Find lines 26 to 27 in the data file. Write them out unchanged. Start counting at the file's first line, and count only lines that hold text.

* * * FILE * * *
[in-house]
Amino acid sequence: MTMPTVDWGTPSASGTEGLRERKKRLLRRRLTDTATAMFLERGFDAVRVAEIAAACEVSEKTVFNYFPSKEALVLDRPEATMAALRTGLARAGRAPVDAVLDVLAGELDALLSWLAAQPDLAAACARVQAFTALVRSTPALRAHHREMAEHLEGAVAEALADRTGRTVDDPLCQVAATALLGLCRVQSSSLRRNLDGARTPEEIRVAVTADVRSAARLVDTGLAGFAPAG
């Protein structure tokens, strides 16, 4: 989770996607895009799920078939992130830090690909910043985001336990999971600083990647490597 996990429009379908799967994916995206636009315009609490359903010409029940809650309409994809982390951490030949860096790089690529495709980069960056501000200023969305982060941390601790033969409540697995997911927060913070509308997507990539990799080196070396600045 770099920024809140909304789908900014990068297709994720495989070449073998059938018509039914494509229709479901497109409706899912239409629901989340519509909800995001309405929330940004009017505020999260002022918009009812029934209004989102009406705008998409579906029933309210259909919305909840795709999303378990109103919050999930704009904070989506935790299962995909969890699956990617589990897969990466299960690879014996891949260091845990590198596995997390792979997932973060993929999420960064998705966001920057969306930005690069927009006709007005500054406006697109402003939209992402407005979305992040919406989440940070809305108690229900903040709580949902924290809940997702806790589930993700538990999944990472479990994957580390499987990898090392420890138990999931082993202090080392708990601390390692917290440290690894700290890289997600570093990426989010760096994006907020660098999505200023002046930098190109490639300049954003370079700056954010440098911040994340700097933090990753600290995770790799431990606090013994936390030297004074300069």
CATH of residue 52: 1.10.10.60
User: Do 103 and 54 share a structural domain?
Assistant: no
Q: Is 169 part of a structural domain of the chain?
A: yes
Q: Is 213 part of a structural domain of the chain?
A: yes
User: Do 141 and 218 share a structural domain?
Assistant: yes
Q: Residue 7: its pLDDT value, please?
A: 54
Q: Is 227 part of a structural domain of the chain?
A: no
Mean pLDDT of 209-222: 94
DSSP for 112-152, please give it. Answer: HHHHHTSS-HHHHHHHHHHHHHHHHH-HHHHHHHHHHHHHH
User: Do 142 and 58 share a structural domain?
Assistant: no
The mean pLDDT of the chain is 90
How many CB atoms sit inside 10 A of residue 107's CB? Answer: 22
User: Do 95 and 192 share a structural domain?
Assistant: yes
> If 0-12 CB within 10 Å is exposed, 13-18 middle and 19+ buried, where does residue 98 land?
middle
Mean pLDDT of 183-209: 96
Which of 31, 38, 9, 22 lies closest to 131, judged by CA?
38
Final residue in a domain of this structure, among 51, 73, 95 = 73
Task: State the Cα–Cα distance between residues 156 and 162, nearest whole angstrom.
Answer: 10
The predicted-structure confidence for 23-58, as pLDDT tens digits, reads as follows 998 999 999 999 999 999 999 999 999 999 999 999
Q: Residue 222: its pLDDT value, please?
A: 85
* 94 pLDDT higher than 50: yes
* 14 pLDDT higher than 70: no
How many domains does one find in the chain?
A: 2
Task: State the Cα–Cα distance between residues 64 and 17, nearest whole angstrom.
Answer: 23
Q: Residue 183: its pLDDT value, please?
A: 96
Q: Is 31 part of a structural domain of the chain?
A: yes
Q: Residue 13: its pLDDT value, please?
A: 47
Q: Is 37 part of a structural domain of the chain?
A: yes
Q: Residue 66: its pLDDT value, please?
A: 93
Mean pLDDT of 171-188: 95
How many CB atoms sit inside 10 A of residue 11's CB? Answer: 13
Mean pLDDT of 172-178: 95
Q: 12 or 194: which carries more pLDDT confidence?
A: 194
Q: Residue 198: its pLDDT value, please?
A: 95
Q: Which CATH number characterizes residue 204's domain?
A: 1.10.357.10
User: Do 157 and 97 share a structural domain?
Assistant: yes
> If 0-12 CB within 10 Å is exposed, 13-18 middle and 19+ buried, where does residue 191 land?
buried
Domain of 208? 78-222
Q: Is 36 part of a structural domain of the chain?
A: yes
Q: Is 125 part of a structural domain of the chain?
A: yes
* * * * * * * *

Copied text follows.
middle
Mean pLDDT of 183-209: 96